Boston baseball royalty in the form of the Conigliaro family was in Lynn Friday night when the North Shore Navigators invited the Nahant Little League Minor League champion Athletics team to take part in pre-game festivities at Fraser Field.
The Athletics have two young players on their roster whose names are sure to bring feelings of excitement to any Boston Red Sox fan who followed the team in the 1960s and 1970s. The players are 11-year-old Tony Conigliaro II and 8-year-old Billy Conigliaro II, the sons of Richie Conigliaro and Darlene Conigliaro.
Tony C. II and Billy C II are the nephews of Billy Conigliaro, who played for the Boston Red Sox and won a world championship with the 1973 Oakland Athletics, and the late Tony Conigliaro, the former Red Sox slugger who is still the youngest player in American League history to reach 100 home runs.
Adolphe Graciale, manager of the Nahant Athletics, said that Tony II and Billy II were key contributors to the team’s championship season and that both players have the potential to excel in the sport in high school and beyond.
Richie Conigliaro was asked whether his sons understood the illustriousness of their name in baseball circles.
“They understand it. They have baseball in their blood – they’re really good ballplayers,” said Conigliaro. “They’re both right-handed hitters and can play any position.”
Richie remembers vividly his brother Tony’s debut at Fenway Park in 1964 when he hit a home run in his first at-bat.
“I was 10 years old and Tony was 19 when he hit that first home run at Fenway,” said Richie. “I was there. The thrill was that there was a standing ovation for him when he was introduced and before we got to sit down Tony hit the first pitch out of the park. It was amazing, it really was.”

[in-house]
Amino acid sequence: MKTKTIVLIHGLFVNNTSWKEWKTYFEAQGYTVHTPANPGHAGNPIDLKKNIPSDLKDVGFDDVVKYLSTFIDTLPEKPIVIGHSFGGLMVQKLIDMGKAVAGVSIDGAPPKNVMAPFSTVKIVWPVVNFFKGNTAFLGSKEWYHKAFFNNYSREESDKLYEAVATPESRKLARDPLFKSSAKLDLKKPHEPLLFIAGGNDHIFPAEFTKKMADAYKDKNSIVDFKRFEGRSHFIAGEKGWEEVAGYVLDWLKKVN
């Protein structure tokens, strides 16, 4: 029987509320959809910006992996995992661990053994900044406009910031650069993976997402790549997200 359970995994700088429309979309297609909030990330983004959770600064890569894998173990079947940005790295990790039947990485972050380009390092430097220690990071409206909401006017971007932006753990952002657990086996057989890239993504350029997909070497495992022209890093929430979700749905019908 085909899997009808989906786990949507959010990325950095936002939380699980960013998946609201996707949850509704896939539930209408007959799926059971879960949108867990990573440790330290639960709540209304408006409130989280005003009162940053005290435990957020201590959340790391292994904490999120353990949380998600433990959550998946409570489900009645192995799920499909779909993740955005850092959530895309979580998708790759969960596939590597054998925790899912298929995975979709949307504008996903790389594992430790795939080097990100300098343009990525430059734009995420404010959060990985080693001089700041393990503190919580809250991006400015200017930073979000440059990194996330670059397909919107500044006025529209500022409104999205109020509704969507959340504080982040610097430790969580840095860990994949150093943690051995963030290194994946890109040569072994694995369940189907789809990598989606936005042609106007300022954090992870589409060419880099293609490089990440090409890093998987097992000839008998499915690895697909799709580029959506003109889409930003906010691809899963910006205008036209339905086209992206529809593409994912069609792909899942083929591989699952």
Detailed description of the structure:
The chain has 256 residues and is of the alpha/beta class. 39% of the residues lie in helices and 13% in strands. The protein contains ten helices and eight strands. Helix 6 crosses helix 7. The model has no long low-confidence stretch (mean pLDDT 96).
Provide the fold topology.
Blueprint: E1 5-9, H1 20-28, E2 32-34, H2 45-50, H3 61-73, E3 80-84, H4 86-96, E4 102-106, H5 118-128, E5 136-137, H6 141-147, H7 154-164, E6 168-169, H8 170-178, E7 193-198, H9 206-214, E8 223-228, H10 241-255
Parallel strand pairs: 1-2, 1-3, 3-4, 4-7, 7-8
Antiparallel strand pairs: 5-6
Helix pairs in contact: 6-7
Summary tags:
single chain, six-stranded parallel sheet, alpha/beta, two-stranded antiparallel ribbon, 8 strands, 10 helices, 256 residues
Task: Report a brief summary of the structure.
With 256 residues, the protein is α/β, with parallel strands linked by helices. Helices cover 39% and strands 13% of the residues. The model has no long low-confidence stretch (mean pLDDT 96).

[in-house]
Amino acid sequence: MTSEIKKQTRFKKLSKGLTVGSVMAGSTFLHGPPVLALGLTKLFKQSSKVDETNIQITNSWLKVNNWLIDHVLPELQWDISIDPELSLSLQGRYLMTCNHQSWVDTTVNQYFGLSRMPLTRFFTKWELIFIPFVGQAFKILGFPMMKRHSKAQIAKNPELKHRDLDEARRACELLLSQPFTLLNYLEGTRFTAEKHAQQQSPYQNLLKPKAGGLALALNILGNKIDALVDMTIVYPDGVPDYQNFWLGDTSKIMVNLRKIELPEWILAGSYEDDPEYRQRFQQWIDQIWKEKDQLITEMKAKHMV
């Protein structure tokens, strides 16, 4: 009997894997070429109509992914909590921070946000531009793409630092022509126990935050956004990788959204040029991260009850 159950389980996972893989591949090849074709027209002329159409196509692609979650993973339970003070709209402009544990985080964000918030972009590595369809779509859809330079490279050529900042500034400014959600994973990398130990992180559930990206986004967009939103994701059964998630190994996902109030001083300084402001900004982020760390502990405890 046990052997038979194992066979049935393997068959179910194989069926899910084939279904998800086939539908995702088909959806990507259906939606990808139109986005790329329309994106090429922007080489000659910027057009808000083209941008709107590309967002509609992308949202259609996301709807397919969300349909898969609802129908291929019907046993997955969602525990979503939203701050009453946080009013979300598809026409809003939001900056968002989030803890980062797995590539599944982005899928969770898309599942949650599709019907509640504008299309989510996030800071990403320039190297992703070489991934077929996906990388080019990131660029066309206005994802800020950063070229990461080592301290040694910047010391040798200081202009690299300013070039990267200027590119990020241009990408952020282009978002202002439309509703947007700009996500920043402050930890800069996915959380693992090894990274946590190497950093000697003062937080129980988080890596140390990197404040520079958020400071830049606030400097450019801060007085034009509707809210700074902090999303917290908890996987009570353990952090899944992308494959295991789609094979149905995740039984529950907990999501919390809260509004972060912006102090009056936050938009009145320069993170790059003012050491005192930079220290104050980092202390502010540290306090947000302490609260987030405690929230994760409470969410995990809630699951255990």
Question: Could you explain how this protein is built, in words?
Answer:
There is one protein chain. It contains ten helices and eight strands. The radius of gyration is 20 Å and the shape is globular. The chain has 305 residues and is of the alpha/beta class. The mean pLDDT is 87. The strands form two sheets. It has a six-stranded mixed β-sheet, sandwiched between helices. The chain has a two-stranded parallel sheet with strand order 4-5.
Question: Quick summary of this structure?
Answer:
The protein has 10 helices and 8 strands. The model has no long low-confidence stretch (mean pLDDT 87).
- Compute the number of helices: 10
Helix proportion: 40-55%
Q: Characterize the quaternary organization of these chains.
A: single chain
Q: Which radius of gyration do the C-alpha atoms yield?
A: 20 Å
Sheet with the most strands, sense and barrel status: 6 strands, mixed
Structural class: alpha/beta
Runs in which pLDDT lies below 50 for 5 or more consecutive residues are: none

Conigliaro said though the family’s baseball dynasty was born 50 years ago, people still approach him and want to talk about the days of yore.
“It was a long time ago and people still remember – it’s great to be part of that tradition,” said Conigliaro.
Richie’s wife, Darlene, said the naming of their children was done out of respect for the family’s proud baseball heritage.
“It was definitely something that we did to keep Tony’s memory alive and then we had a second child we only saw it fit to name him after Billy,” said Darlene.
“My sons love baseball. It’s in their genes. They live to play baseball.”
Darlene said when people hear the name, Conigliaro, the reaction is always, “Any relation to the ballplayers?”
Tony Conigliaro attended St. Mary’s High School in Lynn where the gym bears his name. Many baseball observers feel that as a pull hitter at Fenway with incredible power, Tony C. would have threatened to break the all-time home run record (Hank Aaron surpassed Babe Ruth’s mark in 1974 while Barry Bonds eventually became the all-time home run king with 762). At the age of 20, Conigliaro led the American League in home runs (32), the youngest player ever to do so.